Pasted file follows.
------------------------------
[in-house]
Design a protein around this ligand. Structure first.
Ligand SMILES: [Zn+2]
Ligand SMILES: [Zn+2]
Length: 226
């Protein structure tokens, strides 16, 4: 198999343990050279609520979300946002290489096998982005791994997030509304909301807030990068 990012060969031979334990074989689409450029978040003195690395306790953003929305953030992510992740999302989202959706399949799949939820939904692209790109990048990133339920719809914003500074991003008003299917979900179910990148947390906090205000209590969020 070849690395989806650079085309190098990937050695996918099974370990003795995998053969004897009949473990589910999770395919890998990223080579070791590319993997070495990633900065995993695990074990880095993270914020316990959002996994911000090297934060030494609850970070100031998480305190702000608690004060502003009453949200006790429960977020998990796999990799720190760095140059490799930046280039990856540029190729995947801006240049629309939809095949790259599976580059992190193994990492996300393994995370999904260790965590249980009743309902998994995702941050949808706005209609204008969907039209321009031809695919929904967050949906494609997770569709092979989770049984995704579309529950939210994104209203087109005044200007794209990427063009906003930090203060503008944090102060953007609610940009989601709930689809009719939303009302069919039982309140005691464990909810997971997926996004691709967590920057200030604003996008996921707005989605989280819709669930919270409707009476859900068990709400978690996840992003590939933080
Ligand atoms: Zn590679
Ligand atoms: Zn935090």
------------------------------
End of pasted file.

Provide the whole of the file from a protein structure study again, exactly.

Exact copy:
[in-house]
Design a protein around this ligand. Structure first.
Ligand SMILES: [Zn+2]
Ligand SMILES: [Zn+2]
Length: 226
């Protein structure tokens, strides 16, 4: 198999343990050279609520979300946002290489096998982005791994997030509304909301807030990068 990012060969031979334990074989689409450029978040003195690395306790953003929305953030992510992740999302989202959706399949799949939820939904692209790109990048990133339920719809914003500074991003008003299917979900179910990148947390906090205000209590969020 070849690395989806650079085309190098990937050695996918099974370990003795995998053969004897009949473990589910999770395919890998990223080579070791590319993997070495990633900065995993695990074990880095993270914020316990959002996994911000090297934060030494609850970070100031998480305190702000608690004060502003009453949200006790429960977020998990796999990799720190760095140059490799930046280039990856540029190729995947801006240049629309939809095949790259599976580059992190193994990492996300393994995370999904260790965590249980009743309902998994995702941050949808706005209609204008969907039209321009031809695919929904967050949906494609997770569709092979989770049984995704579309529950939210994104209203087109005044200007794209990427063009906003930090203060503008944090102060953007609610940009989601709930689809009719939303009302069919039982309140005691464990909810997971997926996004691709967590920057200030604003996008996921707005989605989280819709669930919270409707009476859900068990709400978690996840992003590939933080
Ligand atoms: Zn590679
Ligand atoms: Zn935090």